Subject:  Found this in my garden
Geographic location of the bug:  Clinton Corners, New York
Date: 08/07/2018
Time: 11:46 AM EDT
Your letter to the bugman:  Can you tell me what kind of caterpillar this is  ?
How you want your letter signed:  Brenda

Spotted Apatelodes Caterpillar

Dear Brenda,
This appears to be the same species, or a close relative of an unidentified Caterpillar we posted three days ago.  We wrote:  “Your caterpillar looks remarkably like both the Caterpillar of the American Dagger Moth and the Caterpillar of the Banded Tussock Moth, but the pattern of the black tufts of hair on your caterpillar are noticeably different. ”  We are pretty certain this is not a Caterpillar in the subfamily Arctiinae, but we will contact Arctiid expert Julian Donahue to see if he recognizes them.  What is the food plant?

Julian Donahue provides an identification.
Hi Daniel,
Good for you to suspect the identification–it is neither of the two candidates.
Both of these are larvae of the Spotted Apatelodes Moth (Apatelodes torrefacta; Apatelodidae).
More images of adults and larvae, and distribution, here: http://mothphotographersgroup.msstate.edu/species.php?hodges=7663

All the best,
Julian

It was on an Azalea plant.
Brenda

Date: 08/04/2018
Subject:  What’s this bug
Date: 08/04/2018
Time: 09:19 PM EDT
Geographic location of the bug:  Ontario
Your letter to the bugman:  Can u please help me identify this bug it is everywhere
How you want your letter signed:  A

Green Stink Bug nymphs

Dear A,
This is an aggregation of Green Stink Bug nympsh,
Chinavia hilaris.

Subject:  What’s this bug?
Geographic location of the bug:  Hyde Park/Dutchess County, NY
Date: 08/07/2018
Time: 11:23 AM EDT
Your letter to the bugman:  Hello!
I just found this bug in my patch of green beans. Have a market garden and have found a bunch of these bugs.  Can you help me identify and give me any particulars about it? Thanks.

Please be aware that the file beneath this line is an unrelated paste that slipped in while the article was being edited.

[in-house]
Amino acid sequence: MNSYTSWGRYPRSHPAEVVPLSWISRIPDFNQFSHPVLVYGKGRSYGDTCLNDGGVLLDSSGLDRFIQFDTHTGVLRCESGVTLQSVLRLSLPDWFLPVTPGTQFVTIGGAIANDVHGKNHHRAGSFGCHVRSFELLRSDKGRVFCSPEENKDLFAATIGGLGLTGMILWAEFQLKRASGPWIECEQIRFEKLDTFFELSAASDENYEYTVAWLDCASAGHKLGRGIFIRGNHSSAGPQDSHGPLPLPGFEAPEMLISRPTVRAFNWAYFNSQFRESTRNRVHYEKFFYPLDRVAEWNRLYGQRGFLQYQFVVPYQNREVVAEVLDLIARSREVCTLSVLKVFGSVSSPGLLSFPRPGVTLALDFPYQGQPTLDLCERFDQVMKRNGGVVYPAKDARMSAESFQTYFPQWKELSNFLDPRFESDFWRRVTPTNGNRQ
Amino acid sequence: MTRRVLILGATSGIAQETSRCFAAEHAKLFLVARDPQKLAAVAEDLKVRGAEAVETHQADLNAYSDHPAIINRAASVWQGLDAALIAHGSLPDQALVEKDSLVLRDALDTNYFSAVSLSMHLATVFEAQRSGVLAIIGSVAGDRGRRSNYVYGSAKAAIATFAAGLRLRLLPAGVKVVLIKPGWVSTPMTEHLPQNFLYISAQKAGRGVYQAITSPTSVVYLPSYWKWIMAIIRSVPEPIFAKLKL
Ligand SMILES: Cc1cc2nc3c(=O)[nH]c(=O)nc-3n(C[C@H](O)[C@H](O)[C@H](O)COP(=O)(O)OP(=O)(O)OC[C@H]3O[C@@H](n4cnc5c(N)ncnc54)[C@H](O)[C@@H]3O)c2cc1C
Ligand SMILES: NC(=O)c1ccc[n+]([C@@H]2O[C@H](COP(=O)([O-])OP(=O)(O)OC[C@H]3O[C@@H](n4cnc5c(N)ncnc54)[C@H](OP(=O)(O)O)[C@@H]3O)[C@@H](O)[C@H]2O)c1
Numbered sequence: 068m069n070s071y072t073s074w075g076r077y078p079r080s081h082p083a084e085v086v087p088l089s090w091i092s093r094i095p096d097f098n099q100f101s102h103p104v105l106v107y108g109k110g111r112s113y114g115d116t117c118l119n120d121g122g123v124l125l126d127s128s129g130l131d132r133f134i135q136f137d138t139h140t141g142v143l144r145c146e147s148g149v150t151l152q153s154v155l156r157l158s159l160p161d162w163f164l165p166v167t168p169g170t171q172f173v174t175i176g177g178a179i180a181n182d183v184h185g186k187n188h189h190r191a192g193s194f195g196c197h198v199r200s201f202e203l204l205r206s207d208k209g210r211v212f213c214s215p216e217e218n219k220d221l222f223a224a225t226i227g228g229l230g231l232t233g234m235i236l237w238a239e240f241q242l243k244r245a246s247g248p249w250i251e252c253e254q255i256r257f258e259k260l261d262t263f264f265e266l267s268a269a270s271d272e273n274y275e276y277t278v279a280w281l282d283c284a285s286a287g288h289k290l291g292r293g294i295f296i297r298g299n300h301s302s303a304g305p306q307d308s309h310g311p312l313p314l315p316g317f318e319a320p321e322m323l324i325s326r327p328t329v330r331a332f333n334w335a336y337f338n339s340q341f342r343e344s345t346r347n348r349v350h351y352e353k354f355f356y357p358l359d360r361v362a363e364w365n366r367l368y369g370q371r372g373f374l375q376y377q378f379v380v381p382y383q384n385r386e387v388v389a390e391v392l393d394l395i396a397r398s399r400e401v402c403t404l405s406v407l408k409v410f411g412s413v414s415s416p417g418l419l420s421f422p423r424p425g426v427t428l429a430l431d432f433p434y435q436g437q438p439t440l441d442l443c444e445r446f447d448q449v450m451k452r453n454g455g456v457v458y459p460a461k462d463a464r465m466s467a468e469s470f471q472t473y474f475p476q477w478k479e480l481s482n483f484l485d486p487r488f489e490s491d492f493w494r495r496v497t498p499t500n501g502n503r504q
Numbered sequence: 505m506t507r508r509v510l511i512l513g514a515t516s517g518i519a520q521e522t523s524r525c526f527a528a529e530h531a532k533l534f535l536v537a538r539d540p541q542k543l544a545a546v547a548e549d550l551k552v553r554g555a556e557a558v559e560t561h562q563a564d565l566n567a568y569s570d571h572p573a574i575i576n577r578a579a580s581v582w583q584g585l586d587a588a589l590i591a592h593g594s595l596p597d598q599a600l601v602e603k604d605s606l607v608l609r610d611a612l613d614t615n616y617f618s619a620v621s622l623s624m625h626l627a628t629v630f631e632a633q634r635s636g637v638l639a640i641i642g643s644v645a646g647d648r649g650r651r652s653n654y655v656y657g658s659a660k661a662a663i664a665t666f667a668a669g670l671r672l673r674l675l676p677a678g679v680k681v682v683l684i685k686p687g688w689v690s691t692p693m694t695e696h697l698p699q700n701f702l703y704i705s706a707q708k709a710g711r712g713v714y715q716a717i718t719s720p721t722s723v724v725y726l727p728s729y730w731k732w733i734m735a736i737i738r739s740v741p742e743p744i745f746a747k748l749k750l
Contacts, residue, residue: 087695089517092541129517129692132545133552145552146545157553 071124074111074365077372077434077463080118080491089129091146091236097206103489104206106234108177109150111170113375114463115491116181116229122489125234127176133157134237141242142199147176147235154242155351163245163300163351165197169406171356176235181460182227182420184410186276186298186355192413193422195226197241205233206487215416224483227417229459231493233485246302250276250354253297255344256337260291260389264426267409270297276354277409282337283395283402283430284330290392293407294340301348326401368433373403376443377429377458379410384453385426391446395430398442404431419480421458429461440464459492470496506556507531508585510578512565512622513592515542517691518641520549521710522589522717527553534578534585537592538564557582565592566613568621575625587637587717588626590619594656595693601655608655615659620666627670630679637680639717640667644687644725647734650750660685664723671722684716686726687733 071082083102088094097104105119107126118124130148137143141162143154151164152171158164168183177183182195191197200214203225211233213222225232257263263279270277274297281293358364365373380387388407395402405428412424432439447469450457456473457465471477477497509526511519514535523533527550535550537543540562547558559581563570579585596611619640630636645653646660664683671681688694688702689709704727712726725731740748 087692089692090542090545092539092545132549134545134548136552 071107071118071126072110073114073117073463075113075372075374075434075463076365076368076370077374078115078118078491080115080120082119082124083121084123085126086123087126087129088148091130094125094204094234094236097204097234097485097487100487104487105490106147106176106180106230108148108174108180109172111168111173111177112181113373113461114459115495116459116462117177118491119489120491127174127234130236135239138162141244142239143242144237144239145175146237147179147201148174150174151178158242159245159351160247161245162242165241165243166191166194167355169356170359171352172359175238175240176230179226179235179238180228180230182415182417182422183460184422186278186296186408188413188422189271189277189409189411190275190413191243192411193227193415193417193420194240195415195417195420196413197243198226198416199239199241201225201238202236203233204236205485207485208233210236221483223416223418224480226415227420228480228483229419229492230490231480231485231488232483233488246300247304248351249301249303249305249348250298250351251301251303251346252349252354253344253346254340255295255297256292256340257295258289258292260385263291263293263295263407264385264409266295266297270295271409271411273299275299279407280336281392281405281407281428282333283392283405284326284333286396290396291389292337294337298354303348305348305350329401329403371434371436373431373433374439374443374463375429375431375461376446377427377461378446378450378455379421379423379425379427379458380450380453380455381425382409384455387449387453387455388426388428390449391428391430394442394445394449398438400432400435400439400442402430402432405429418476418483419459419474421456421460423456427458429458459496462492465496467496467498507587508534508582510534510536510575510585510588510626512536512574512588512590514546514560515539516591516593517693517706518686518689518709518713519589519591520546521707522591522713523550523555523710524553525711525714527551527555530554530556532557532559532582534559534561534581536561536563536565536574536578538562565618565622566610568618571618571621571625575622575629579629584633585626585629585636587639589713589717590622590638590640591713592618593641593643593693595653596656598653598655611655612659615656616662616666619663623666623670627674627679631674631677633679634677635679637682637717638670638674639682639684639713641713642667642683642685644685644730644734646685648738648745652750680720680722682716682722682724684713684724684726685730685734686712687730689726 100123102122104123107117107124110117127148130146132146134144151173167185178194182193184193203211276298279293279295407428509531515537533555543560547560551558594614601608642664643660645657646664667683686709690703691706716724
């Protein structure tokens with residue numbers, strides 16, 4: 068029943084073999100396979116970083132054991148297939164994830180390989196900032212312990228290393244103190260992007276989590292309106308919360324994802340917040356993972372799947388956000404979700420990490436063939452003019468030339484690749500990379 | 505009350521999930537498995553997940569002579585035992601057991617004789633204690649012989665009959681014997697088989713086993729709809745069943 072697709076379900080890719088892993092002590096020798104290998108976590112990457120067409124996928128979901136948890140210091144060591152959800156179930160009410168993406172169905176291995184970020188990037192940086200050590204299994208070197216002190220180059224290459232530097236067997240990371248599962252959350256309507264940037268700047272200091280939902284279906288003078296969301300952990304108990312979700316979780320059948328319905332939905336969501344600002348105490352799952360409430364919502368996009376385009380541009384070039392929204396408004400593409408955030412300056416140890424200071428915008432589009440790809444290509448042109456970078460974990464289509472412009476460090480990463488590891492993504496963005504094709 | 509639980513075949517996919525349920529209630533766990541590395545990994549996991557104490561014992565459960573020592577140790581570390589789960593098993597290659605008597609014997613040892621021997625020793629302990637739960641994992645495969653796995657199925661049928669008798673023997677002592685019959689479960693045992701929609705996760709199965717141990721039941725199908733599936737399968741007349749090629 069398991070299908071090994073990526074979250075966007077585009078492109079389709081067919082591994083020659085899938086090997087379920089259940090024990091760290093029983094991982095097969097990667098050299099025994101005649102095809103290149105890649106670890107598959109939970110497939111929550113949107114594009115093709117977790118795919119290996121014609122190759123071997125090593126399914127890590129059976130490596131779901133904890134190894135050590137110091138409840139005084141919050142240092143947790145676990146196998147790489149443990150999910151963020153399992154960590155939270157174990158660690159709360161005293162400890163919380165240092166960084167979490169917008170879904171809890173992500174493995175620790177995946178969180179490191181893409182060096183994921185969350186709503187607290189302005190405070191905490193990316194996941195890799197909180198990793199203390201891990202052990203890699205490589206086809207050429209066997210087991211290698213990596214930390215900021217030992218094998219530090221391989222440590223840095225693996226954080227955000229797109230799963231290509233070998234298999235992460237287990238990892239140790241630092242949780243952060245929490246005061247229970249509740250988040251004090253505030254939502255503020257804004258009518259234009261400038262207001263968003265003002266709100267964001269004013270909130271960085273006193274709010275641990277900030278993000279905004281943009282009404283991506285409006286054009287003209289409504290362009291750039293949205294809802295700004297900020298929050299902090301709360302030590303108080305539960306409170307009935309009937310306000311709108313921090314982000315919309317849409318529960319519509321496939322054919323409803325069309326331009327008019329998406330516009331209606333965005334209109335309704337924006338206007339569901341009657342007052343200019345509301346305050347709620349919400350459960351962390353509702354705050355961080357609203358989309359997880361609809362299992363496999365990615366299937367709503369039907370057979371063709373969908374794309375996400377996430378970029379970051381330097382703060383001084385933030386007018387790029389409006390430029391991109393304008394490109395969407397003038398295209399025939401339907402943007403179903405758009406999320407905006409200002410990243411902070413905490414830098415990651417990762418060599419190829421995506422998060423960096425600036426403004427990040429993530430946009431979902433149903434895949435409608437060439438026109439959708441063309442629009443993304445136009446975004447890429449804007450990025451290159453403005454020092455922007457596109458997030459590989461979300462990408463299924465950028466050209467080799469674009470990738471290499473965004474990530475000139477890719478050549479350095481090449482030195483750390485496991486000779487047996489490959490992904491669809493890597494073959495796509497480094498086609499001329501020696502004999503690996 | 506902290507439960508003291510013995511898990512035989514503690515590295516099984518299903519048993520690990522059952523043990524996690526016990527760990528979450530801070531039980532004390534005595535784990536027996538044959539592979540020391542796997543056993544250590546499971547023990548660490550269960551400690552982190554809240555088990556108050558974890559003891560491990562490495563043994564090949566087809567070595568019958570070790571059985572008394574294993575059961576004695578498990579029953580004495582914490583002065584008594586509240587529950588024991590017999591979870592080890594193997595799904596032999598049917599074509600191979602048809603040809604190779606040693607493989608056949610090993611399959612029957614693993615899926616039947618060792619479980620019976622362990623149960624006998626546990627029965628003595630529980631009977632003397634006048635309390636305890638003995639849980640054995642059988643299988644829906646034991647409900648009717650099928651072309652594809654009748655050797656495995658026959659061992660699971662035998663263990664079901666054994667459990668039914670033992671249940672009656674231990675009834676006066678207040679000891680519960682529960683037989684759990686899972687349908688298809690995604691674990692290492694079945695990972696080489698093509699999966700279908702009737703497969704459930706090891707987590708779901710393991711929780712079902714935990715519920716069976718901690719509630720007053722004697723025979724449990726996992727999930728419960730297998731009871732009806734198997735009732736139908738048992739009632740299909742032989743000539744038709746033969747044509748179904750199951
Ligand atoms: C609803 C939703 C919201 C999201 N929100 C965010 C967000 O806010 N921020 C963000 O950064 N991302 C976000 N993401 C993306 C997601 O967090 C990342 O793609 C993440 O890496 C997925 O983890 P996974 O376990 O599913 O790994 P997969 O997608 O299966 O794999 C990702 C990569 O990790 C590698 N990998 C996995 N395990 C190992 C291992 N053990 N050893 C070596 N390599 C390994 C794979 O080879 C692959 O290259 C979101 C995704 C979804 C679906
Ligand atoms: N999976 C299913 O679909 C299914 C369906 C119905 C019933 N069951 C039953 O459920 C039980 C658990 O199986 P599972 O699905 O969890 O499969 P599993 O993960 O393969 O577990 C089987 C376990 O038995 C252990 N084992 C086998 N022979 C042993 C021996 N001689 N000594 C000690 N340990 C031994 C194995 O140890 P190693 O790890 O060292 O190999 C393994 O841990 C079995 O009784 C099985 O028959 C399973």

How you want your letter signed:  Lisa Arnoff

Green Stink Bug nymph

Dear Lisa,
This is a Green Stink Bug nymph,
Chinavia hilaris, which we identified on BugGuide.  We have gotten several identification requests in the past week, and since your image is especially nice, we will be posting it.  Adult Green Stink Bugs are green, as would be expected, with wings.  According to BugGuide:  “extremely polyphagous: recorded from 20 plant families; adults and older nymphs prefer developing seeds and fruit. May be a pest on soybean, cotton, fruit trees (esp. peach), and many vegetables”

Thank you. Excited to have my photo featured!
Lisa Arnoff

Subject:  Identify Caterpillar
Geographic location of the bug:  Omaha, NE
Date: 08/05/2018
Time: 04:59 PM EDT
Your letter to the bugman:  I cannot find any photos of this particular caterpillar, the closest I have found is the Bedstraw Hawkmoth.  My husband said it spit green fluid at him.
How you want your letter signed:  Angela

White Lined Sphinx Caterpillar

Dear Angela,
It is to be expected that insects (and other creatures for that matter) that are classified in the same genus will share many traits.  You have the genus correct, but not the species.  This is a White Lined Sphinx Caterpillar,
Hyles lineata, a caterpillar that is found in several different color variations.  When conditions are favorable, there can be population explosions of caterpillars, especially in arid desert climates.  The adult White Lined Sphinx flies at dawn and dusk and is frequently mistaken for a hummingbird.  The moths are also attracted to lights.

Subject:  Asheville, NC Insect
Geographic location of the bug:  Asheville, NC
Date: 08/06/2018
Time: 04:30 PM EDT
Your letter to the bugman:  Hi, my friend found this dead insect near her house and we’d love to find out what it is.
How you want your letter signed:  Curious in NC

Female Flatfaced Longhorn: Graphisurus species

Dear Curious in NC,
Because of the extremely long ovipositor, we believe this female Flatfaced Longhorn is either
Graphisurus fasciatus or  Graphisurus despectus.  Here is a BugGuide image of the latter for comparison.  The former has a greater range and BugGuide data reports it from North Carolina.

Subject:  What’s that bug?
Geographic location of the bug:  Pocono Mountains, PA
Date: 08/06/2018
Time: 08:16 PM EDT
Your letter to the bugman:  Photo taken on a hot, humid summer day. Bug likes flowers, particularly petunias, and moves somewhat like a hummingbird.
How you want your letter signed:  A flower lover

Hummingbird Clearwing

Dear flower lover,
This is one of the diurnal Sphinx Moths in the genus
Hemaris, and we believe it is most likely the Hummingbird Clearwing, Hemaris thysbe, which you can read about on Sphingidae of the Americas.